After sitting there on my own for a long time I sometimes had some illusions. During these it would feel like I was a fish in the lake, but at the same time I was inside a tank. So, I could see where to go but was stopped by the glass. And this is where the image of fish comes from. I use this in different ways in the film, like at the end when people are blowing soap bubbles, they are all fish.

It’s your first role as an actor in a feature film. How did you get involved? And can you tell us about the casting procedure?

Huang Yucong: I saw an ad online and sent my resume. When the director saw it, he contacted me and asked to write an essay about myself and my relationship with the film. He also asked to make a short film about my daily life, without any special events in it, just my normal daily life.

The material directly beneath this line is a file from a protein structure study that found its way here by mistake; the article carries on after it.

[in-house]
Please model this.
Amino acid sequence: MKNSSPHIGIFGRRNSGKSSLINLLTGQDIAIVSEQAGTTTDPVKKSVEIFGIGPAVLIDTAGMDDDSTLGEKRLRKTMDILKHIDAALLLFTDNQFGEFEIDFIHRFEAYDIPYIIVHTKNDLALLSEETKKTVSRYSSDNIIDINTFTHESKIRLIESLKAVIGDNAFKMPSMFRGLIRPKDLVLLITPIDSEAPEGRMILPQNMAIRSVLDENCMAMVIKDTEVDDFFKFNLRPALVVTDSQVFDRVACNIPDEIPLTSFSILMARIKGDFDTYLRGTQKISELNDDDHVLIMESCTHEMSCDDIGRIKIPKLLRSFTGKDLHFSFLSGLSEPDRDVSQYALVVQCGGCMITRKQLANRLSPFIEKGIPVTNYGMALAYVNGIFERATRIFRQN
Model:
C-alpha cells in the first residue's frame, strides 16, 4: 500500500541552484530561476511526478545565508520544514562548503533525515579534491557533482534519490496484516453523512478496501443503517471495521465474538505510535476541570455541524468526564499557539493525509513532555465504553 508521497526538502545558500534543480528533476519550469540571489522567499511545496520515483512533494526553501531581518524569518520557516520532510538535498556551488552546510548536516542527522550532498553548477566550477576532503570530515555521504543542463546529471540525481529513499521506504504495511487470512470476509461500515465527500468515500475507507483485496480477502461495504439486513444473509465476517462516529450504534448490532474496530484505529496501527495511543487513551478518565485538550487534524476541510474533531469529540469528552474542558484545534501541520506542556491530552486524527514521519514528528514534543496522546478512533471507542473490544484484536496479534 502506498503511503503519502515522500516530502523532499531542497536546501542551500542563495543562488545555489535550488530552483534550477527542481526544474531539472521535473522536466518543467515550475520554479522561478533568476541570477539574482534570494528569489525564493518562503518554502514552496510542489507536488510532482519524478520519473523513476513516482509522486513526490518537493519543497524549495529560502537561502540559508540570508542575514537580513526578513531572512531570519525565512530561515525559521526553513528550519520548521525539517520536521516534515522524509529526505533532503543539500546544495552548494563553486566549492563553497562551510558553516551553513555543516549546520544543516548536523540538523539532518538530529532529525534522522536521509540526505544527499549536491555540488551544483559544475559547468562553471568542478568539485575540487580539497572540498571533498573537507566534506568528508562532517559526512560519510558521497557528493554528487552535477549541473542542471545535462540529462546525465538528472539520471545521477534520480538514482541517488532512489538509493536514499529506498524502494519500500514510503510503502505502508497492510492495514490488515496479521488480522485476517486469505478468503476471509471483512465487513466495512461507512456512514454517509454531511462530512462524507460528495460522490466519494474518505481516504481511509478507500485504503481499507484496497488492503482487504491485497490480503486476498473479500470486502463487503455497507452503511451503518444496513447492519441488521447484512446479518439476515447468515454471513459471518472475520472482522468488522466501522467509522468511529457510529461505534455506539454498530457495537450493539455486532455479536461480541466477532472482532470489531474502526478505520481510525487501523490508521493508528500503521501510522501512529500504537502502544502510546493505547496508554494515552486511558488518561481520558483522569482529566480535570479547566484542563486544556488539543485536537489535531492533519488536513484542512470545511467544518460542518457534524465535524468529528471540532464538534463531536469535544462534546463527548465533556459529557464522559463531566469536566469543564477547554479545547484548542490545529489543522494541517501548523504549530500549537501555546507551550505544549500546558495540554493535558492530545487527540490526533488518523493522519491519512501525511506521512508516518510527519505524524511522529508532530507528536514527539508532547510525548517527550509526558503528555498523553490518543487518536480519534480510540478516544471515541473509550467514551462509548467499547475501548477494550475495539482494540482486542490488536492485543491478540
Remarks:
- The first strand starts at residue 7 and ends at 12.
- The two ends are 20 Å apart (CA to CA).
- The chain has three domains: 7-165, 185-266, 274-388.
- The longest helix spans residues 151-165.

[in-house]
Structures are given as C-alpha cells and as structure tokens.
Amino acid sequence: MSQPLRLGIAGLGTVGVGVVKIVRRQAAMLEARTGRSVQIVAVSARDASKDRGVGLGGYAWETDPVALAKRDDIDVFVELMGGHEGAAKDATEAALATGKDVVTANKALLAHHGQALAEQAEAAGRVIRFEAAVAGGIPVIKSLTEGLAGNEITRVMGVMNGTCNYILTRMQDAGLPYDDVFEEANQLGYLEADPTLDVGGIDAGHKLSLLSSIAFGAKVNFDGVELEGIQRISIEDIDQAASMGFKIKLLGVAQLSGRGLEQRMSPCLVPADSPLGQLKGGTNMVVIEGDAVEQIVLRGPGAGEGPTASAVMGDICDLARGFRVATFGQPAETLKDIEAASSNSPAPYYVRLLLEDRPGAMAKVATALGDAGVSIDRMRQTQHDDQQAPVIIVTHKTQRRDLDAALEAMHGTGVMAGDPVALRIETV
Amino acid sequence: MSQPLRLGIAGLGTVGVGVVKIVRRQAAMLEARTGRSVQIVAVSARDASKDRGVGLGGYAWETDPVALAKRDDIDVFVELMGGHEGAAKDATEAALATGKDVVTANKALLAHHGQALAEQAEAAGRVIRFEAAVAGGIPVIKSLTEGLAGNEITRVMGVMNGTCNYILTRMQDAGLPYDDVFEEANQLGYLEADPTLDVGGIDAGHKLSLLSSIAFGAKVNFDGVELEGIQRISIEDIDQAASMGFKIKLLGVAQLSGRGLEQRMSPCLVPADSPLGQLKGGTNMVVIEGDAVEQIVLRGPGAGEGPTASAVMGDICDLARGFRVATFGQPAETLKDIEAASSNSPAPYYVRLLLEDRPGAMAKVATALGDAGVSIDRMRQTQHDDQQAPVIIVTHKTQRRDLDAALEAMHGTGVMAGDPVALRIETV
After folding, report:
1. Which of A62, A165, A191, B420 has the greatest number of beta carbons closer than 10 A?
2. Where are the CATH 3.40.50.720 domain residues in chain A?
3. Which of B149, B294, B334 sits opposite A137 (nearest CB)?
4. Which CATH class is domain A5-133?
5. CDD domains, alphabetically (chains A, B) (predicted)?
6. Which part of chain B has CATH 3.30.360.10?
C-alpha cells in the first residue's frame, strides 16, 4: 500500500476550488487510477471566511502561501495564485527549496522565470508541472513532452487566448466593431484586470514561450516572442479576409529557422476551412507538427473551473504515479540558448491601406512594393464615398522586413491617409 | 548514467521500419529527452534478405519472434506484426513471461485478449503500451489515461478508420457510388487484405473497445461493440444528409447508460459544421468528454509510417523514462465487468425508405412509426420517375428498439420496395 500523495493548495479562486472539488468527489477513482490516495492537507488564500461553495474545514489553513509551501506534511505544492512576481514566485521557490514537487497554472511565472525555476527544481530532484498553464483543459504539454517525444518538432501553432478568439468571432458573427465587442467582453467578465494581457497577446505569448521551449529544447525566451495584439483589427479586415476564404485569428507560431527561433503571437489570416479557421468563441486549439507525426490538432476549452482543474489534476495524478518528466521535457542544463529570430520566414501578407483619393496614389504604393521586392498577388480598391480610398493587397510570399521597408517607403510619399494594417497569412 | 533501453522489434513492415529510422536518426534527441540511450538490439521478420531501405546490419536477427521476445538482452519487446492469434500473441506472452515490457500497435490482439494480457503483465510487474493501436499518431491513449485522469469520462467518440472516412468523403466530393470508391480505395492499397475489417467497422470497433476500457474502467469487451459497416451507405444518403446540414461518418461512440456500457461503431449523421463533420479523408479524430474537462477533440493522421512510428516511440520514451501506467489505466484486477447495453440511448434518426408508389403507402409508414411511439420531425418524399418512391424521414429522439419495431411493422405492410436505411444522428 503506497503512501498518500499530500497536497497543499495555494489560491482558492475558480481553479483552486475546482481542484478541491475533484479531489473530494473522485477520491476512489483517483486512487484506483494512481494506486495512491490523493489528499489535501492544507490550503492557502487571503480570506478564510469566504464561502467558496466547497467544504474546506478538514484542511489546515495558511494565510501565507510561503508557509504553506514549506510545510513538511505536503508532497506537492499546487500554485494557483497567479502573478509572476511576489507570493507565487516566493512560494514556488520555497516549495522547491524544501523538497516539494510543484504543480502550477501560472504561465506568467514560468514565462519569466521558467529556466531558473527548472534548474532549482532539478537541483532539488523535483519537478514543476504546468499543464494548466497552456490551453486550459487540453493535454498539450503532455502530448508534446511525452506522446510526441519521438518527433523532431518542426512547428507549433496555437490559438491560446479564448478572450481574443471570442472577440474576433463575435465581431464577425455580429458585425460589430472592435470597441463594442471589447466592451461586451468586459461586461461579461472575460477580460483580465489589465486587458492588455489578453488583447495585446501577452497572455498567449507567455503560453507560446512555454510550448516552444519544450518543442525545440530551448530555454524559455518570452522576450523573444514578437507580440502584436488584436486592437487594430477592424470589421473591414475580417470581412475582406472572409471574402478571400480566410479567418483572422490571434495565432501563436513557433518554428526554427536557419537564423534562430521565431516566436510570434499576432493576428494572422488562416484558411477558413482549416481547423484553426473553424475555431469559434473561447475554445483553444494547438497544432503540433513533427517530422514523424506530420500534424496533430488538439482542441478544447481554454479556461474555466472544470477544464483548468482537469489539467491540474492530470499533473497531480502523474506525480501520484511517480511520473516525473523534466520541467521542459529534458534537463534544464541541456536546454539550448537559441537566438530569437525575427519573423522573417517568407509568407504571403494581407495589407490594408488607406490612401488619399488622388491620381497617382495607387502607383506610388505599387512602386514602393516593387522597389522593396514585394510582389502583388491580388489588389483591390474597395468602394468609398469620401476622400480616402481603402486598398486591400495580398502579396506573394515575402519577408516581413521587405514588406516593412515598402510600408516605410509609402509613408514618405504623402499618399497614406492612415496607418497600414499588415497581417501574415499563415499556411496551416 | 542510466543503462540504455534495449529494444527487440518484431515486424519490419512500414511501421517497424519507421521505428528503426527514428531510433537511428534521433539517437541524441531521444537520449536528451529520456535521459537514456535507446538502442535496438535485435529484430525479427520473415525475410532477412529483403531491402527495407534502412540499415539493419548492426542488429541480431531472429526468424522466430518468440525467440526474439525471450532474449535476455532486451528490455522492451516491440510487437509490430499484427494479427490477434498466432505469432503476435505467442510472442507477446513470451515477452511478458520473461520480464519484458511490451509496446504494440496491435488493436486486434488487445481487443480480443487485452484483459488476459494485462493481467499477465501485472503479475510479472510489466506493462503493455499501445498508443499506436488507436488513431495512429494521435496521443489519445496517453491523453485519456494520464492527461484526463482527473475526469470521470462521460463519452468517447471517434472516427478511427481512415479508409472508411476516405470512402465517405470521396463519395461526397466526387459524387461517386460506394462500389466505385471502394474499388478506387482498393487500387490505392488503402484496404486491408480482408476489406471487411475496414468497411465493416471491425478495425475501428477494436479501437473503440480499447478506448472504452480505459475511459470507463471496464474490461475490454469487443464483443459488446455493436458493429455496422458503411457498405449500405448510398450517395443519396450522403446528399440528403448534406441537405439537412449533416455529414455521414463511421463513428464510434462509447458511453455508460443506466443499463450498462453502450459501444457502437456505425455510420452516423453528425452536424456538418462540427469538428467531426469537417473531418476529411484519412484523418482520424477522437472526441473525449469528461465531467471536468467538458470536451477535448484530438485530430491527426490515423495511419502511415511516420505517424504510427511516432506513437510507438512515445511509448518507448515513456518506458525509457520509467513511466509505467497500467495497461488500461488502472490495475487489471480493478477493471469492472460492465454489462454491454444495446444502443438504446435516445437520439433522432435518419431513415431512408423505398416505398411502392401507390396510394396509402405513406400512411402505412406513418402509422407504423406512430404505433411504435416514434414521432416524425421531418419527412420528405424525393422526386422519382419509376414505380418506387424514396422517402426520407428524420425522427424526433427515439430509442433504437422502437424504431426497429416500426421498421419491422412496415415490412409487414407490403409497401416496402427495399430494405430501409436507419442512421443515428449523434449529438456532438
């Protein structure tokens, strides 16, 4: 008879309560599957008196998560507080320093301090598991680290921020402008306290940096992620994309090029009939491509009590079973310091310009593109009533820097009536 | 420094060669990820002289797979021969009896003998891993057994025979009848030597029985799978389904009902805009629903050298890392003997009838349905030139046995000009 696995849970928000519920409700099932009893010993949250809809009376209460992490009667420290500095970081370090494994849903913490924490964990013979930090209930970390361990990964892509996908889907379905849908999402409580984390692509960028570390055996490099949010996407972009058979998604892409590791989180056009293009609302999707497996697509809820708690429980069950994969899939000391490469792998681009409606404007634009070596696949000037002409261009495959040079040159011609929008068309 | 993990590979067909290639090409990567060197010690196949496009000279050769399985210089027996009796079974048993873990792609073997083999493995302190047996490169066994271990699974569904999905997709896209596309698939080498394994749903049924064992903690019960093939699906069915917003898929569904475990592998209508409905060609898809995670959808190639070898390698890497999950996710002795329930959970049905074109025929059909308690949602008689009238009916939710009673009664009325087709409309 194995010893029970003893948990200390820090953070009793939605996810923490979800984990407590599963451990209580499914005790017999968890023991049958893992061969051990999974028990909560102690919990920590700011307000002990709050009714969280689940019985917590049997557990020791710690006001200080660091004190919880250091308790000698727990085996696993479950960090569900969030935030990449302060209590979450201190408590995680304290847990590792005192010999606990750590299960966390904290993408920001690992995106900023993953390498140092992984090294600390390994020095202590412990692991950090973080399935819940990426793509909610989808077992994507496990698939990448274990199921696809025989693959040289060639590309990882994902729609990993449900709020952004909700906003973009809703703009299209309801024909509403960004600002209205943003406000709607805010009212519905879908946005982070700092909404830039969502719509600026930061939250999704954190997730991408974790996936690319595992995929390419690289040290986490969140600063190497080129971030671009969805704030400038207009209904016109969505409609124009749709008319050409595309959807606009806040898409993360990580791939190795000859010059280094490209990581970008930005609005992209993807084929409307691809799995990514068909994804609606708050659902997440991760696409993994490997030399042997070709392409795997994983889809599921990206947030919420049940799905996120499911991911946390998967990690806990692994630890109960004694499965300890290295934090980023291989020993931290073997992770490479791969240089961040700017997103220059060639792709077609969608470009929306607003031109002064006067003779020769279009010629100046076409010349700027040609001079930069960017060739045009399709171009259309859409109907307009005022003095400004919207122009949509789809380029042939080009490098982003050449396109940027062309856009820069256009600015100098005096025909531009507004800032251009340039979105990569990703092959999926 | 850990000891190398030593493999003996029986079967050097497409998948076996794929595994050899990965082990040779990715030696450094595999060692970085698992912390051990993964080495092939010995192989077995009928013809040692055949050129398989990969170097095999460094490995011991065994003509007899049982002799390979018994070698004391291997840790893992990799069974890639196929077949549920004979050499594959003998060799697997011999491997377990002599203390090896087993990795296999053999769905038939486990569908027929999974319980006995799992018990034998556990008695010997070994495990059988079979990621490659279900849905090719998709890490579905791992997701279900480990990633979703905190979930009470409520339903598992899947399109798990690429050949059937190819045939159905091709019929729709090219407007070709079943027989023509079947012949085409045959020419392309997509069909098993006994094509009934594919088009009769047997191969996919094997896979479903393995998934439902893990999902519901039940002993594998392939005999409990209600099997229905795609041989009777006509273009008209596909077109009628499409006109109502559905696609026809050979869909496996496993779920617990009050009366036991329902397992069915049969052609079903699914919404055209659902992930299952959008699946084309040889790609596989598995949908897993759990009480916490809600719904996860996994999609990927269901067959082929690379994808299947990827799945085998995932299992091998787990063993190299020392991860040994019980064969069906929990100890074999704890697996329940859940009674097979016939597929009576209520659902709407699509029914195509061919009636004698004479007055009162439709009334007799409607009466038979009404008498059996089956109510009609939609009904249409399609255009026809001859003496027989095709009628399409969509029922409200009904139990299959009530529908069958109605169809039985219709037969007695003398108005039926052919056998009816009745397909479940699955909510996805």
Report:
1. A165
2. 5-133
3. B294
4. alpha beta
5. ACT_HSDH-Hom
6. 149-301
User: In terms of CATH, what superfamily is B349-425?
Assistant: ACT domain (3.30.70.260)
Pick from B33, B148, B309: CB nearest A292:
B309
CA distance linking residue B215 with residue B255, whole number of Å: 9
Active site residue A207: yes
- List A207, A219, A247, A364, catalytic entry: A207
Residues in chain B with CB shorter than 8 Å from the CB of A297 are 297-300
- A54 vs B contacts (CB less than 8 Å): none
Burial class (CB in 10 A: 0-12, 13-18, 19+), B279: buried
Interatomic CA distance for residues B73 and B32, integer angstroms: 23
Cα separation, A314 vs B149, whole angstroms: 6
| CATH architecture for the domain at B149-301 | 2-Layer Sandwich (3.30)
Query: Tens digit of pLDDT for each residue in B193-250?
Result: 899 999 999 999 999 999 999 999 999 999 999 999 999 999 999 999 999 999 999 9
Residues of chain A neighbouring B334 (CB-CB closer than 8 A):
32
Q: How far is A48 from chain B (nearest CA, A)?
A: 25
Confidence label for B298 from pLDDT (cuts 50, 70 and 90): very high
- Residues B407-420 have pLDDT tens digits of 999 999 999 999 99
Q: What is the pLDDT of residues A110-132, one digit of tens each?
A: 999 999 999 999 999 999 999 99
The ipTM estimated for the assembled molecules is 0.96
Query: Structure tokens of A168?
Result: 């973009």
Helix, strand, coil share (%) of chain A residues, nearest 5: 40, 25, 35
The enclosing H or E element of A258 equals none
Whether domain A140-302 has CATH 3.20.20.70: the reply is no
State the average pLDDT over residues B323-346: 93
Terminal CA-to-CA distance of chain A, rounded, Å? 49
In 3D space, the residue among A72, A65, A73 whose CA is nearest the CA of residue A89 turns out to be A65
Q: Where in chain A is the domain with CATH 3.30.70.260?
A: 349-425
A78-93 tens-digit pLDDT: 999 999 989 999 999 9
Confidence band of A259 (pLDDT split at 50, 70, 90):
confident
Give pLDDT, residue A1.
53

When me and two other male actors were selected, we were invited to the village near the lake where the film was shots. We lived there together with the three female candidates for three days to experience living in the village before they were selected. I caught his eye because he thinks I look like a monkey. (laughs)

Gao Ming: He sent me a black and white film of his life at home and it was very boring, but I could see he had thought a lot about the look of that film. Also, I was looking for someone who didn’t have a lot of experience as an actor. He is a quiet person but at the same time he has a lot of personality and attitude. While we were in the village, I kept taking pictures of him and when I saw those, I knew he was the one.